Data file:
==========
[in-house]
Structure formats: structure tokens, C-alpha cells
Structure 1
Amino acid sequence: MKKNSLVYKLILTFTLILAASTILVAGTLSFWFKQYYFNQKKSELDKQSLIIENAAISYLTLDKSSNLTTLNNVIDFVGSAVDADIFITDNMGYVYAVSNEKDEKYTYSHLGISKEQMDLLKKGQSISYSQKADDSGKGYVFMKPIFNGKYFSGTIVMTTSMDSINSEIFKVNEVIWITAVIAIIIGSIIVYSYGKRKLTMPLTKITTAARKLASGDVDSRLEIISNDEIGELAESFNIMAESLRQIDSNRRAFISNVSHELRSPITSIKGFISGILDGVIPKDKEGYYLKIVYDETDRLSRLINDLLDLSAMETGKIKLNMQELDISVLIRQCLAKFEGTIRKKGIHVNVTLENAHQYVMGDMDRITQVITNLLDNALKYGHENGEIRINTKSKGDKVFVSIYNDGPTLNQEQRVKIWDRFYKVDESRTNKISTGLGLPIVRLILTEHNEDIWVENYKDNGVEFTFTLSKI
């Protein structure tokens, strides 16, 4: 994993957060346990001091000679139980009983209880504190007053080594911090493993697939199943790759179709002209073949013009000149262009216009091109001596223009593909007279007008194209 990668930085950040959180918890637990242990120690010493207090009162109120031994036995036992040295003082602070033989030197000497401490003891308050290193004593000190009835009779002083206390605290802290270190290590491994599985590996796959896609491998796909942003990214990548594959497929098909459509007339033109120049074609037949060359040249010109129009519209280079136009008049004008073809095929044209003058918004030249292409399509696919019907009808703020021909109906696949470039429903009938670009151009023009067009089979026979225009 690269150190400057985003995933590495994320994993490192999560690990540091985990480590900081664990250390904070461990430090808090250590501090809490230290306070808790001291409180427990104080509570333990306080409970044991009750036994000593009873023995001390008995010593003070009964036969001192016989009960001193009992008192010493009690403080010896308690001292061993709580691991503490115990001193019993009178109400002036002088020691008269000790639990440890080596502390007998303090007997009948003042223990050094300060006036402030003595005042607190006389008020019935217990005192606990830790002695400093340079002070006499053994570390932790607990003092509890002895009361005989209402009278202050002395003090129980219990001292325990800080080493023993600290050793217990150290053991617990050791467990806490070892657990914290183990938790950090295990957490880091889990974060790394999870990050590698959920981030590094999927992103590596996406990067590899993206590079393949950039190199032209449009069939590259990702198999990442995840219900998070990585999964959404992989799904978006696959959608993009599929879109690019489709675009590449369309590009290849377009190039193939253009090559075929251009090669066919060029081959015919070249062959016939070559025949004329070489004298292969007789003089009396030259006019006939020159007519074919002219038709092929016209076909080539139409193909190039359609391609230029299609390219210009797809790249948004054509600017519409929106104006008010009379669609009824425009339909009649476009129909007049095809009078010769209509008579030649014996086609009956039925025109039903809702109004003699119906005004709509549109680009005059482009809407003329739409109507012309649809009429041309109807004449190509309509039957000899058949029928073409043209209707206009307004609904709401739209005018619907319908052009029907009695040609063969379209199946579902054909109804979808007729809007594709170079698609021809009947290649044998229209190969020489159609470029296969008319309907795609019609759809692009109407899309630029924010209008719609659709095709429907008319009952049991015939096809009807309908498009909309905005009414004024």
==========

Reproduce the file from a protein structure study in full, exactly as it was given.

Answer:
[in-house]
Structure formats: structure tokens, C-alpha cells
Structure 1
Amino acid sequence: MKKNSLVYKLILTFTLILAASTILVAGTLSFWFKQYYFNQKKSELDKQSLIIENAAISYLTLDKSSNLTTLNNVIDFVGSAVDADIFITDNMGYVYAVSNEKDEKYTYSHLGISKEQMDLLKKGQSISYSQKADDSGKGYVFMKPIFNGKYFSGTIVMTTSMDSINSEIFKVNEVIWITAVIAIIIGSIIVYSYGKRKLTMPLTKITTAARKLASGDVDSRLEIISNDEIGELAESFNIMAESLRQIDSNRRAFISNVSHELRSPITSIKGFISGILDGVIPKDKEGYYLKIVYDETDRLSRLINDLLDLSAMETGKIKLNMQELDISVLIRQCLAKFEGTIRKKGIHVNVTLENAHQYVMGDMDRITQVITNLLDNALKYGHENGEIRINTKSKGDKVFVSIYNDGPTLNQEQRVKIWDRFYKVDESRTNKISTGLGLPIVRLILTEHNEDIWVENYKDNGVEFTFTLSKI
């Protein structure tokens, strides 16, 4: 994993957060346990001091000679139980009983209880504190007053080594911090493993697939199943790759179709002209073949013009000149262009216009091109001596223009593909007279007008194209 990668930085950040959180918890637990242990120690010493207090009162109120031994036995036992040295003082602070033989030197000497401490003891308050290193004593000190009835009779002083206390605290802290270190290590491994599985590996796959896609491998796909942003990214990548594959497929098909459509007339033109120049074609037949060359040249010109129009519209280079136009008049004008073809095929044209003058918004030249292409399509696919019907009808703020021909109906696949470039429903009938670009151009023009067009089979026979225009 690269150190400057985003995933590495994320994993490192999560690990540091985990480590900081664990250390904070461990430090808090250590501090809490230290306070808790001291409180427990104080509570333990306080409970044991009750036994000593009873023995001390008995010593003070009964036969001192016989009960001193009992008192010493009690403080010896308690001292061993709580691991503490115990001193019993009178109400002036002088020691008269000790639990440890080596502390007998303090007997009948003042223990050094300060006036402030003595005042607190006389008020019935217990005192606990830790002695400093340079002070006499053994570390932790607990003092509890002895009361005989209402009278202050002395003090129980219990001292325990800080080493023993600290050793217990150290053991617990050791467990806490070892657990914290183990938790950090295990957490880091889990974060790394999870990050590698959920981030590094999927992103590596996406990067590899993206590079393949950039190199032209449009069939590259990702198999990442995840219900998070990585999964959404992989799904978006696959959608993009599929879109690019489709675009590449369309590009290849377009190039193939253009090559075929251009090669066919060029081959015919070249062959016939070559025949004329070489004298292969007789003089009396030259006019006939020159007519074919002219038709092929016209076909080539139409193909190039359609391609230029299609390219210009797809790249948004054509600017519409929106104006008010009379669609009824425009339909009649476009129909007049095809009078010769209509008579030649014996086609009956039925025109039903809702109004003699119906005004709509549109680009005059482009809407003329739409109507012309649809009429041309109807004449190509309509039957000899058949029928073409043209209707206009307004609904709401739209005018619907319908052009029907009695040609063969379209199946579902054909109804979808007729809007594709170079698609021809009947290649044998229209190969020489159609470029296969008319309907795609019609759809692009109407899309630029924010209008719609659709095709429907008319009952049991015939096809009807309908498009909309905005009414004024």